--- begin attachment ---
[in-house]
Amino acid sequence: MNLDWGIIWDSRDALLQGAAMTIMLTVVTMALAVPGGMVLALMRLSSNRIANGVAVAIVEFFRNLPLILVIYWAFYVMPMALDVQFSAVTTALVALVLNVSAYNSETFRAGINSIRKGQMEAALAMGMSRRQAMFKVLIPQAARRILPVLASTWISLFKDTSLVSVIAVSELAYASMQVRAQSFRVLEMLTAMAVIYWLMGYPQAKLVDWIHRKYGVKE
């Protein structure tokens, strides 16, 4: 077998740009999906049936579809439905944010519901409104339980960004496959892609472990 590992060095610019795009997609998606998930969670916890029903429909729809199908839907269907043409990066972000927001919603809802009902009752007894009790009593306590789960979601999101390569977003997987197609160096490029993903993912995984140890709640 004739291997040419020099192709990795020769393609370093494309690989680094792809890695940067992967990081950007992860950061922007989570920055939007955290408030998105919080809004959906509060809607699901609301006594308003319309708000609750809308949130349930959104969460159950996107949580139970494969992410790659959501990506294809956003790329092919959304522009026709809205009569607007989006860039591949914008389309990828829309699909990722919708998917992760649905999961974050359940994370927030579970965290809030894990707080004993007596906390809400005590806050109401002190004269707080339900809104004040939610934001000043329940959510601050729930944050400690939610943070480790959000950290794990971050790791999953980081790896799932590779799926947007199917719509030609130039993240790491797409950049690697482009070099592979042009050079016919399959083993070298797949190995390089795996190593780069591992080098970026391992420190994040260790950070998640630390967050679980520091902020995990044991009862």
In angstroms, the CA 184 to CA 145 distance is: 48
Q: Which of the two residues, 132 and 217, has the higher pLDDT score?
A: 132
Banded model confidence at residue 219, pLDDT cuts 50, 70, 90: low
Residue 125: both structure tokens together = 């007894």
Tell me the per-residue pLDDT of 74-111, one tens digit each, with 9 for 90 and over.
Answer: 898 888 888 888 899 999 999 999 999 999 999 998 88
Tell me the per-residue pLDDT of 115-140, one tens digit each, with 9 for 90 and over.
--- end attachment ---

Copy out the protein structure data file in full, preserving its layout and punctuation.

[in-house]
Amino acid sequence: MNLDWGIIWDSRDALLQGAAMTIMLTVVTMALAVPGGMVLALMRLSSNRIANGVAVAIVEFFRNLPLILVIYWAFYVMPMALDVQFSAVTTALVALVLNVSAYNSETFRAGINSIRKGQMEAALAMGMSRRQAMFKVLIPQAARRILPVLASTWISLFKDTSLVSVIAVSELAYASMQVRAQSFRVLEMLTAMAVIYWLMGYPQAKLVDWIHRKYGVKE
């Protein structure tokens, strides 16, 4: 077998740009999906049936579809439905944010519901409104339980960004496959892609472990 590992060095610019795009997609998606998930969670916890029903429909729809199908839907269907043409990066972000927001919603809802009902009752007894009790009593306590789960979601999101390569977003997987197609160096490029993903993912995984140890709640 004739291997040419020099192709990795020769393609370093494309690989680094792809890695940067992967990081950007992860950061922007989570920055939007955290408030998105919080809004959906509060809607699901609301006594308003319309708000609750809308949130349930959104969460159950996107949580139970494969992410790659959501990506294809956003790329092919959304522009026709809205009569607007989006860039591949914008389309990828829309699909990722919708998917992760649905999961974050359940994370927030579970965290809030894990707080004993007596906390809400005590806050109401002190004269707080339900809104004040939610934001000043329940959510601050729930944050400690939610943070480790959000950290794990971050790791999953980081790896799932590779799926947007199917719509030609130039993240790491797409950049690697482009070099592979042009050079016919399959083993070298797949190995390089795996190593780069591992080098970026391992420190994040260790950070998640630390967050679980520091902020995990044991009862």
In angstroms, the CA 184 to CA 145 distance is: 48
Q: Which of the two residues, 132 and 217, has the higher pLDDT score?
A: 132
Banded model confidence at residue 219, pLDDT cuts 50, 70, 90: low
Residue 125: both structure tokens together = 């007894």
Tell me the per-residue pLDDT of 74-111, one tens digit each, with 9 for 90 and over.
Answer: 898 888 888 888 899 999 999 999 999 999 999 998 88
Tell me the per-residue pLDDT of 115-140, one tens digit each, with 9 for 90 and over.